Attitudes to usage: second poll

This poll asks for your attitudes to the acceptability of the next five items in Attitudes to English Usage, by W.H. Mittins, Mary Salu, Mary Edmonson, and Sheila Coyne (OUP, 1970).

If you haven’t done the first poll yet, please do so now. You will find it by typing the word poll into the Search box of the blog.

Thank you!

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One Response to Attitudes to usage: second poll

  1. Kate Wild says:

    Voting on this and the previous poll got me thinking about the different kinds of results that different kinds of surveys might elicit, depending on the transparency of the usage issues. For example, when I thought about the sentence ‘The members of the team laughed at EACH OTHER’, with the target ‘problem’ in caps, I paused to consider whether this would be inappropriate in formal usage, but I suspect that if I actually came across this sentence in a formal text I wouldn’t notice anything amiss. I wonder if another method could complement and check this type of survey – for example, voters could be asked to read texts (of varying levels of formality) with target items hidden in them, and asked to highlight problems/errors/infelicities. This may have already been done, or be in progress, but just a thought.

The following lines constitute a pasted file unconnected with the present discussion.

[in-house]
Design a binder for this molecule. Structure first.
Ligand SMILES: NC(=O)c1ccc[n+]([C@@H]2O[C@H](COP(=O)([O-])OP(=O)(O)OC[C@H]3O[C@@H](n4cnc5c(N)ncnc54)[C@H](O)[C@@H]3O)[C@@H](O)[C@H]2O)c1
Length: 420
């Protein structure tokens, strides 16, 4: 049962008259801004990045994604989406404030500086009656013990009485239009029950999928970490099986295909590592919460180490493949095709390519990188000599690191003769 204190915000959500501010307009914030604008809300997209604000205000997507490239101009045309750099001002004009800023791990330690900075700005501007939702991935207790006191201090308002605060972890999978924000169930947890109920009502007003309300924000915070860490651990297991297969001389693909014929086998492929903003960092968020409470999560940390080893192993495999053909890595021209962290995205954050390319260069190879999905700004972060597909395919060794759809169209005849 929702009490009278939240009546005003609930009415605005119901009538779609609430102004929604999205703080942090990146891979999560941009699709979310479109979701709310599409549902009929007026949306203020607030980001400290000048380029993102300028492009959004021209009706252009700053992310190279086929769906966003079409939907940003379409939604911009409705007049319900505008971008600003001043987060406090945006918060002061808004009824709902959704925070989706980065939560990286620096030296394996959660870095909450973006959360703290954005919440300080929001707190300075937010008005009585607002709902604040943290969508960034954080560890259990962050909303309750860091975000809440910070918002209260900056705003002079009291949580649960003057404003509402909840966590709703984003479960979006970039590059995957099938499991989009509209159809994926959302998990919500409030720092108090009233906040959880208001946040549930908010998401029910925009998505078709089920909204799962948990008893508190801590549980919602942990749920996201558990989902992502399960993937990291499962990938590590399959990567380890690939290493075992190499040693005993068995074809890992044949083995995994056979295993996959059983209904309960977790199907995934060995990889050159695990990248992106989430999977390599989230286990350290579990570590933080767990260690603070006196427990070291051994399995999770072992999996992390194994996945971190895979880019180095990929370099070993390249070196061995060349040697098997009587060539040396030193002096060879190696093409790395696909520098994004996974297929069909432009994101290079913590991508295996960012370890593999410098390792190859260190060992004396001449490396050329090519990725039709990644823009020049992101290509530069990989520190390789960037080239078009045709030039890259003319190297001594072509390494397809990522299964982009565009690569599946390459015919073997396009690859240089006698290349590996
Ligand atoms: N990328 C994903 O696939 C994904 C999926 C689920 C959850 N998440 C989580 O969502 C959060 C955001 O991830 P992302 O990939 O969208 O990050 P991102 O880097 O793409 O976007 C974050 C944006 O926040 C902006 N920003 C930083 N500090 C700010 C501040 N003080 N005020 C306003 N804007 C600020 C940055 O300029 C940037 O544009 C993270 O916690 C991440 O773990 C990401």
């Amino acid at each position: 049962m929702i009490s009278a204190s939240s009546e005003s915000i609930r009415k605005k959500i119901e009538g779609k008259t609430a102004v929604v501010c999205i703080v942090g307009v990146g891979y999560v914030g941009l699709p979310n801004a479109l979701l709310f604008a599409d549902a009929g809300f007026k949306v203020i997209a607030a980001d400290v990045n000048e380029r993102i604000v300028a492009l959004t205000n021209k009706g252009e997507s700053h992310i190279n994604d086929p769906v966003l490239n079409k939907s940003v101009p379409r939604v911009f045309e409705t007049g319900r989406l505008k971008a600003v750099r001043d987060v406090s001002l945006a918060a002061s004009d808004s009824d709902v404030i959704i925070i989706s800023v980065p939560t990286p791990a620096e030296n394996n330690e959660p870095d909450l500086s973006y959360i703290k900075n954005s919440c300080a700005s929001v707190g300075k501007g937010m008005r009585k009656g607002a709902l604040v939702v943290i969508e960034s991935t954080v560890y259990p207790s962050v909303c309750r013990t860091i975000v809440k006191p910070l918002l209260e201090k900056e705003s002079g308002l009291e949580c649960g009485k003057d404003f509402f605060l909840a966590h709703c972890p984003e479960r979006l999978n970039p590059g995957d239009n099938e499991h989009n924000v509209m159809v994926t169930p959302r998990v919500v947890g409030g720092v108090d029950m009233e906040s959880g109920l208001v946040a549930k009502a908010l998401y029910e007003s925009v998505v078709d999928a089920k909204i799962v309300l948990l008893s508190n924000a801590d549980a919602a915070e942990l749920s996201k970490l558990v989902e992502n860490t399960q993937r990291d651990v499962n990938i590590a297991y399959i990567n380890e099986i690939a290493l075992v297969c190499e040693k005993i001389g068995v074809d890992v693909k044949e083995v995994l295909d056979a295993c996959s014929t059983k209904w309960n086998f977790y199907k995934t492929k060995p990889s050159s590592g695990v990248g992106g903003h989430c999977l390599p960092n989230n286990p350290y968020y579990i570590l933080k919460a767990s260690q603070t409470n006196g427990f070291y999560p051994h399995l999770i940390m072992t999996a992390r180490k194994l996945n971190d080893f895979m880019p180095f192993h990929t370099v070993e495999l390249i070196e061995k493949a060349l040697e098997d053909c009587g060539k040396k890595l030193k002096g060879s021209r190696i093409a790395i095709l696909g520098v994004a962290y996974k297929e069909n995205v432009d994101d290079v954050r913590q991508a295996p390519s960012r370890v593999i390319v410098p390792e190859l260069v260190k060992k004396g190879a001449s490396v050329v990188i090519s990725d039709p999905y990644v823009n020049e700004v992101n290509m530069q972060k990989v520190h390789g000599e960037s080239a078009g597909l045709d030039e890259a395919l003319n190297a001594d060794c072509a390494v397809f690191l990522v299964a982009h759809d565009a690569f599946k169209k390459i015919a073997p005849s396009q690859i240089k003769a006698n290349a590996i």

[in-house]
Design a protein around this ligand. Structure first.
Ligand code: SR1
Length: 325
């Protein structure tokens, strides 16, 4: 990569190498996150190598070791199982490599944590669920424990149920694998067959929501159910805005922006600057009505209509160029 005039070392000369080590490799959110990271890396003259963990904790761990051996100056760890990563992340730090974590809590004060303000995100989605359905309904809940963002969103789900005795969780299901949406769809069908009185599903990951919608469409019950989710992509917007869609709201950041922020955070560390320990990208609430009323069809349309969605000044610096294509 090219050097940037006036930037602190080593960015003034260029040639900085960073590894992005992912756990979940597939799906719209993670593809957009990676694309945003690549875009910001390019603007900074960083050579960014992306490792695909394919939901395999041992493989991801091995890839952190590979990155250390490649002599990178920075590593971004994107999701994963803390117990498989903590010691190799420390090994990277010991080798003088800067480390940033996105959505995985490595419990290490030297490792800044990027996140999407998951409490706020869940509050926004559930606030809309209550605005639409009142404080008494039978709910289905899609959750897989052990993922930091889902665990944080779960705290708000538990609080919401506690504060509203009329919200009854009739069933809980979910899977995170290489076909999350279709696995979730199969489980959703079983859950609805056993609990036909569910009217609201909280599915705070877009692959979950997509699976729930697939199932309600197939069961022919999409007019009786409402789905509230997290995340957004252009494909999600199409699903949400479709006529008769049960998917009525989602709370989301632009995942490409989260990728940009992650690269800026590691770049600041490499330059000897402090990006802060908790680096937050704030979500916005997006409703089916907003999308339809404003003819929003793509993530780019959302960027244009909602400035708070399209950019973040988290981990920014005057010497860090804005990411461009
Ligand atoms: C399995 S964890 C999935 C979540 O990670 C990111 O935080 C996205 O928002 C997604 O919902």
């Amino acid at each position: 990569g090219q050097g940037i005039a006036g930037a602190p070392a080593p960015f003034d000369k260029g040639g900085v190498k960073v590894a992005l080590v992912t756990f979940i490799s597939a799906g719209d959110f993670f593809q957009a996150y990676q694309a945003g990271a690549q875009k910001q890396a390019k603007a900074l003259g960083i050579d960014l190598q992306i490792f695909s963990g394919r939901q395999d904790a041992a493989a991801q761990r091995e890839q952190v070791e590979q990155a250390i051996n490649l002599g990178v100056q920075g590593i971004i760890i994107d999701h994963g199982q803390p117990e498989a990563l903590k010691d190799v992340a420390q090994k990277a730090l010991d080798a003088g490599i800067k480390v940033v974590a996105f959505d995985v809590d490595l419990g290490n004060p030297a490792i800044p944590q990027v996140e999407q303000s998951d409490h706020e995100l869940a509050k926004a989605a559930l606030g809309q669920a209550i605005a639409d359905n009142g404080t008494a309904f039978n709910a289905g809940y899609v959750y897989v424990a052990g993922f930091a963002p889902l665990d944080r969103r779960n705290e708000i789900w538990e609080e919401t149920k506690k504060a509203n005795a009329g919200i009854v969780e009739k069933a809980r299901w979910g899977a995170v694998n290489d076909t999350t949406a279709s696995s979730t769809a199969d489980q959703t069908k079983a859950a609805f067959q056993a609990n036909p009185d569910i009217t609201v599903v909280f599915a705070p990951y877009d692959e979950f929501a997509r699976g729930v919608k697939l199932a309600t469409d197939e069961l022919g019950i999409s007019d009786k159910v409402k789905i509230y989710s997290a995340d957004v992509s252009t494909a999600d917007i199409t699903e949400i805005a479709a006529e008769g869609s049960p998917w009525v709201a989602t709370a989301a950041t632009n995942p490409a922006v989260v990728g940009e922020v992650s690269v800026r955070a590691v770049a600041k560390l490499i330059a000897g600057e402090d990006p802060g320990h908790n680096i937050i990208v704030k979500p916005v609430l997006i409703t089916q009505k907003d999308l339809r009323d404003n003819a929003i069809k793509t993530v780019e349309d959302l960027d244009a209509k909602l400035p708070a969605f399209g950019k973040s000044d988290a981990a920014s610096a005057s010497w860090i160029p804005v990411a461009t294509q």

Another thing I wondered about is that sometimes I hesitated over usage because the sentence itself would just seem out of place in a particular register – for example, you probably wouldn’t find ‘We have got to finish the job’ in formal writing, whereas you might find another use of ‘have got to’ (e.g. “This powerful technology has got to be applied with caution if it is going to be implemented successfully on a world scale”, from the corpus of British Academic Written English – not many like this, though).

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